Thus the heavens and the earth were finished,The Origin of Feasting
Right at the beginning of all, we see that God is active – he creates a vast universe. But then he finishes his work, and he establishes a day of rest – the seventh day, the Sabbath. Of course, this is not the end of God acting, as if, after this he has been just leaning back and watching what mankind does with his world.
This idea of God as a passive deity who no longer interferes with the world was, by the way, a theological position called Deism. Many Christians still think like Deists, as if God were no longer active –a mere philosophical principle. But God is still at work. He is a living God, who intervenes, acts in our lives, and speaks to us.
For there to be an interruption, there has to be something to interrupt – such as the normal day-to-day-life and activities, the hard work, the worries of life. We can only celebrate well and enjoy a feast if it is something special – something set-apart from the daily routine of life. And this means that people in our times, especially in the Western world, are in danger of loosing our ability to celebrate. In a world where almost everything is special, where we can live in material abundance, where we can have almost everything we want, and some people don’t even have to work for it – in a world like this nothing becomes special. Can we who are wealthy by historical and current world standards really celebrate? No! If our lives are one ongoing party, in the long run, they become dull, shallow, and boring.
Sometimes I hear people complain about the work they have to do in preparing a celebration – the decoration, the cooking – but this is part of the real feast! It gives you all the more joy if at the end of all the work you can sit down and look around and say (like God did): behold, it is very good.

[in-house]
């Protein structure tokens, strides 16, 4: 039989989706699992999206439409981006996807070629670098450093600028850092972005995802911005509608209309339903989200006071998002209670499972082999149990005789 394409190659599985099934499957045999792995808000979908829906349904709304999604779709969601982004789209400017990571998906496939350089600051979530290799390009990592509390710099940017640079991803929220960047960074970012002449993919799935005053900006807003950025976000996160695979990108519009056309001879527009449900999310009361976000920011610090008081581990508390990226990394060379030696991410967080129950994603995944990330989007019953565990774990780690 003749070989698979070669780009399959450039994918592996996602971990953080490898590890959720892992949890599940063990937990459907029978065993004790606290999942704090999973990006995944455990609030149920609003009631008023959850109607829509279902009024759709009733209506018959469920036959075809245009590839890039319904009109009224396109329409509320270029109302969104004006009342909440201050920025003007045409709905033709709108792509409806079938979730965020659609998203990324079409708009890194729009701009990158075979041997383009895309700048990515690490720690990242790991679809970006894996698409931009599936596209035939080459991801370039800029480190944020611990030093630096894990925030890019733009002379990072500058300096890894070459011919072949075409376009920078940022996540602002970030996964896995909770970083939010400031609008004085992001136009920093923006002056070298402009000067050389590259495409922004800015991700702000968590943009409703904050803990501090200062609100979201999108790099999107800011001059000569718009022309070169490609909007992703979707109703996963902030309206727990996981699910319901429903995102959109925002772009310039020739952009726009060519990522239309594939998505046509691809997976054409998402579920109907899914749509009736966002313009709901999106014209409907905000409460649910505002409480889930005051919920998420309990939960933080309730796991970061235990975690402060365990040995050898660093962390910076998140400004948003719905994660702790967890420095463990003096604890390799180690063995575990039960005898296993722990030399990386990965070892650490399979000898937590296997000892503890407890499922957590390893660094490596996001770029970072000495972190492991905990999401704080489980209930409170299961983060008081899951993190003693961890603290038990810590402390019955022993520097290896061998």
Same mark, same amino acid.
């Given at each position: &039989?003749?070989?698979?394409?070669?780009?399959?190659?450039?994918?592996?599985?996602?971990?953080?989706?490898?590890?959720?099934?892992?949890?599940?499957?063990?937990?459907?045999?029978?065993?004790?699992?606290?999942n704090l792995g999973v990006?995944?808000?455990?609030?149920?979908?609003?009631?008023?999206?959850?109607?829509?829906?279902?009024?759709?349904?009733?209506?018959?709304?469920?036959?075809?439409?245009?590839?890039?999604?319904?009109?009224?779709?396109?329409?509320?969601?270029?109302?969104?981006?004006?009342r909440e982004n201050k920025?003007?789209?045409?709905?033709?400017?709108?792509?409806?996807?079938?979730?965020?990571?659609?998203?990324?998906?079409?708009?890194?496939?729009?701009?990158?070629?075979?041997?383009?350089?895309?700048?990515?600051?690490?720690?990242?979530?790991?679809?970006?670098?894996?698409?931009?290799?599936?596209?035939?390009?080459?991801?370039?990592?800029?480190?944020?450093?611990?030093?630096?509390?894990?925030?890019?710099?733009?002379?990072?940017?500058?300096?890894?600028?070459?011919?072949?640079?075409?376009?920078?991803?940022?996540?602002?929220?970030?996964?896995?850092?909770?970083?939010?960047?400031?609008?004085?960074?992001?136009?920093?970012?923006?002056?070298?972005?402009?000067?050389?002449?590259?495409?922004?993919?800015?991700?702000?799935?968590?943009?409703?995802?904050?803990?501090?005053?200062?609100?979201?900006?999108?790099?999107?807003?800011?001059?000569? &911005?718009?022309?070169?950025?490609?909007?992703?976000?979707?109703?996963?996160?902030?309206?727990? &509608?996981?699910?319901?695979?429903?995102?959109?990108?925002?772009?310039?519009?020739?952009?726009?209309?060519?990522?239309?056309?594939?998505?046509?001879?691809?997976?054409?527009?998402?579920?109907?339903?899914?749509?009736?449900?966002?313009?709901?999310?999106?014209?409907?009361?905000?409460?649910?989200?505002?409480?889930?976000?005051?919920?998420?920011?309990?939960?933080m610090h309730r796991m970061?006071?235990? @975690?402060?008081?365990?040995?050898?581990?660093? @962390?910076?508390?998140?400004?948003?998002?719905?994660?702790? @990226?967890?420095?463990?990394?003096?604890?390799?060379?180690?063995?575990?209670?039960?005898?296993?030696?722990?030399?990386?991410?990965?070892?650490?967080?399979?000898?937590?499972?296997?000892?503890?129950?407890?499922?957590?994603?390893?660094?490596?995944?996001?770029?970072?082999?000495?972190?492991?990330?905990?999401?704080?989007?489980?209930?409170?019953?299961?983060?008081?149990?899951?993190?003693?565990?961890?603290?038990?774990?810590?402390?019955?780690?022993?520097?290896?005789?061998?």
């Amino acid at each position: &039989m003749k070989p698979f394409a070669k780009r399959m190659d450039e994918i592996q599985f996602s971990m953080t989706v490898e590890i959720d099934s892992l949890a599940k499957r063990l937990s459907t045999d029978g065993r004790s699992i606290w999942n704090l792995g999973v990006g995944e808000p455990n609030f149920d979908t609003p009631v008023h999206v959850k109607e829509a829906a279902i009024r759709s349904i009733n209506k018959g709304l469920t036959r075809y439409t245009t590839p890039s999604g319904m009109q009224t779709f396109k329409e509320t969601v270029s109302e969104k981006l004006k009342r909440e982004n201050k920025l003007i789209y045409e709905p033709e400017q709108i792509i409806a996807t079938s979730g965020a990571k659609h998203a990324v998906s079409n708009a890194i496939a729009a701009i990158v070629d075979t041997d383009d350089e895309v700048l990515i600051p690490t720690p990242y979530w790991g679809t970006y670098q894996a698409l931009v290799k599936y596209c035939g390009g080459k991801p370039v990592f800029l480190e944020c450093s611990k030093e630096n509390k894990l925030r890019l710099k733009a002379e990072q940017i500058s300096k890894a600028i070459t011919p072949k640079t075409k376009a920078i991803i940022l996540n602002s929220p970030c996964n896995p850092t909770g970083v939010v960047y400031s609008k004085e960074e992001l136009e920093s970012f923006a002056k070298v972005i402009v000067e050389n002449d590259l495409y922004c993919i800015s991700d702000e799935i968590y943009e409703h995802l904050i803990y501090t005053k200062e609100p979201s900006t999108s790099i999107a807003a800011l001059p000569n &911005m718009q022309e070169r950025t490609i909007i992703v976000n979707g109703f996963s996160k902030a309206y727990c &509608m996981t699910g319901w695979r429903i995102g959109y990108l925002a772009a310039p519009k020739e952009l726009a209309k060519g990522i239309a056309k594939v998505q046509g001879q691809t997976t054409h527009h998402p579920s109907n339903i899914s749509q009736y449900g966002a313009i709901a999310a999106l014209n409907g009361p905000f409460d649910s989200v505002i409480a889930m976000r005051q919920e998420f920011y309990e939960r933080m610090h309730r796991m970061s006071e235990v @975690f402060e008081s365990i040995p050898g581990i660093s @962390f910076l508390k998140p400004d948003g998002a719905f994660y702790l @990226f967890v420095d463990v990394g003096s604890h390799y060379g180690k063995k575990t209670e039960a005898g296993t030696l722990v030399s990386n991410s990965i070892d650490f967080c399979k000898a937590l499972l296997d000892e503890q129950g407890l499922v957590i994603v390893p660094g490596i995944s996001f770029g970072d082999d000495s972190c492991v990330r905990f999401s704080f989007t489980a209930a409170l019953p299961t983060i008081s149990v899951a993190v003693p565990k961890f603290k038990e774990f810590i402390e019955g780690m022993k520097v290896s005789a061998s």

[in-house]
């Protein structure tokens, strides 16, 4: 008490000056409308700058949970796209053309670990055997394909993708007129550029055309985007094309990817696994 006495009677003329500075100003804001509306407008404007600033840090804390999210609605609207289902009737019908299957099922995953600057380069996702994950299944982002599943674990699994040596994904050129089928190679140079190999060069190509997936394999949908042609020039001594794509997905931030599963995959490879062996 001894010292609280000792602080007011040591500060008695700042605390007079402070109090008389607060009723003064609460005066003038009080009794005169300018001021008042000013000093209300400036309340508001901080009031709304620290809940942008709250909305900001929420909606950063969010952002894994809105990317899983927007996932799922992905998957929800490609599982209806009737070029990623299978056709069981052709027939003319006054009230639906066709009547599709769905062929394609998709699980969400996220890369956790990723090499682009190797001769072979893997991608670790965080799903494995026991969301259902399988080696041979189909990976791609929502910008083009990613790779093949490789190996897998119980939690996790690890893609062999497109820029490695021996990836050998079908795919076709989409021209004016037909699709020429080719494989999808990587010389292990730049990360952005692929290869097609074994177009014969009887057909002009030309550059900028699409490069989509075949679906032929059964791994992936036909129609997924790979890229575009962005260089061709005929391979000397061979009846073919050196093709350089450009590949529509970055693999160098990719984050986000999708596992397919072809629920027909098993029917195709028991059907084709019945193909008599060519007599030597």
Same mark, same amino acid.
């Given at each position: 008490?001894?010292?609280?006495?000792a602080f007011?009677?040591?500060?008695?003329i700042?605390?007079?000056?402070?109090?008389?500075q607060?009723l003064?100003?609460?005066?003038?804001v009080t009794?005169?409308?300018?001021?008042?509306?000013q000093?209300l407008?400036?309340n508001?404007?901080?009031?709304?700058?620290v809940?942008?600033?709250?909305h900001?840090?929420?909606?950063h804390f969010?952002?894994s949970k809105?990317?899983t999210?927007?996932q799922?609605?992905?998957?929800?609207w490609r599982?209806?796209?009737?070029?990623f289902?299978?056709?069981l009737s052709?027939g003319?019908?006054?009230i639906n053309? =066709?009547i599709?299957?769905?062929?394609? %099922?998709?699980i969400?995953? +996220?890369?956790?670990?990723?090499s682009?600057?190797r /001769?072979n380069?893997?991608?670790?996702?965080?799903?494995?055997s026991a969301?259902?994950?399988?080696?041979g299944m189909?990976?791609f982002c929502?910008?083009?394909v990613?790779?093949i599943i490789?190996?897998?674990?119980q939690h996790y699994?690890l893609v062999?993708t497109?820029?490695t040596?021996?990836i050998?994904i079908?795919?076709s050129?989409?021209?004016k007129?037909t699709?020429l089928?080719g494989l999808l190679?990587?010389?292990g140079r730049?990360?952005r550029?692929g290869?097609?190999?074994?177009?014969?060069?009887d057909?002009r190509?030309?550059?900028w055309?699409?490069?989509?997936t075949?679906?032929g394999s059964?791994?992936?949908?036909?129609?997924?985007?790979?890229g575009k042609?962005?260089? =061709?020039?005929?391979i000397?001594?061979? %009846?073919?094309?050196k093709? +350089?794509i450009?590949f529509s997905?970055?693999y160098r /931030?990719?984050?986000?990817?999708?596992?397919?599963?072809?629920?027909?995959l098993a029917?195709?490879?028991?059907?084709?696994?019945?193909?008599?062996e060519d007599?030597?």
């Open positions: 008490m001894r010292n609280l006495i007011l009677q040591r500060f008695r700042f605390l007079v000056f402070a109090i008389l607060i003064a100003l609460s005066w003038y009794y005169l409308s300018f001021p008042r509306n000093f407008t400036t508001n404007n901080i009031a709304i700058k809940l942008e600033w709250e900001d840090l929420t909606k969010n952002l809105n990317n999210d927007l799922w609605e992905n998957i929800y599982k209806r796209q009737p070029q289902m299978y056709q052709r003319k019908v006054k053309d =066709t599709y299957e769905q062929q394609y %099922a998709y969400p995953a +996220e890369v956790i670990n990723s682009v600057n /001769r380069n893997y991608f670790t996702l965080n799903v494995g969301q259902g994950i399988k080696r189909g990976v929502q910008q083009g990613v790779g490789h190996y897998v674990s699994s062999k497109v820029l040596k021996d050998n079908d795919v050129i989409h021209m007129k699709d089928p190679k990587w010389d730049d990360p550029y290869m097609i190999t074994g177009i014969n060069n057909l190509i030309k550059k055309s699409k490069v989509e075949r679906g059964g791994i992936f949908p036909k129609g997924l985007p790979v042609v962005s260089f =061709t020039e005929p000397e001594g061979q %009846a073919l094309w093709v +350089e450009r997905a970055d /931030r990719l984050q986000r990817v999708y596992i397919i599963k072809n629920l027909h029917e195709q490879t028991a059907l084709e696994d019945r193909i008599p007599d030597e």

Roots in God
All major feasts in the Jewish and Christian tradition have at their root something which God did – he delivered his people from Egypt, he gave the commandments, he sent his Son, and the Son, Jesus, rose from the dead, bringing us the promise of our own resurrection in him. We can see that as more feasts become secularized, they loose their eternal origin and meaning (some modern feasts don’t even have an eternal origin), they loose their attraction and become distorted and perverted.
For example, Christmas is no longer a joyful celebration of our Savior’s birth. It has been replaced as the “feast of the family” or, even worse, the “feast of giving gifts”, and an “orgy of consumerism”. The more man celebrates himself and his achievements (such as the mass celebrations which many communist and totalitarian regimes have put on each year), the more this becomes a mere flexing of muscle and less a real feast.
If a genuine feasting needs an eternal cause, we Christians should be the experts in celebrating, because we have more than enough reasons to celebrate. My personal conviction is that if Christians really learn to celebrate well, the people of this world will take notice and will want to learn from us how to celebrate the real feasts, such as Christmas. The world has lost the art of celebrating because it has lost the real cause for feasting.
In Next Month's Issue: Part II - How should we celebrate?
[Berhnard Stock, a gifted teacher and a founding leader of Brot
des Lebens (Bread of Life Community) in Munich, Germany, is actively
involved in community building work for the European region of the Sword
of the Spirit.]
publishing address: Park Royal Business Centre, 9-17 Park Royal Road, Suite 108, London NW10 7LQ, United Kingdom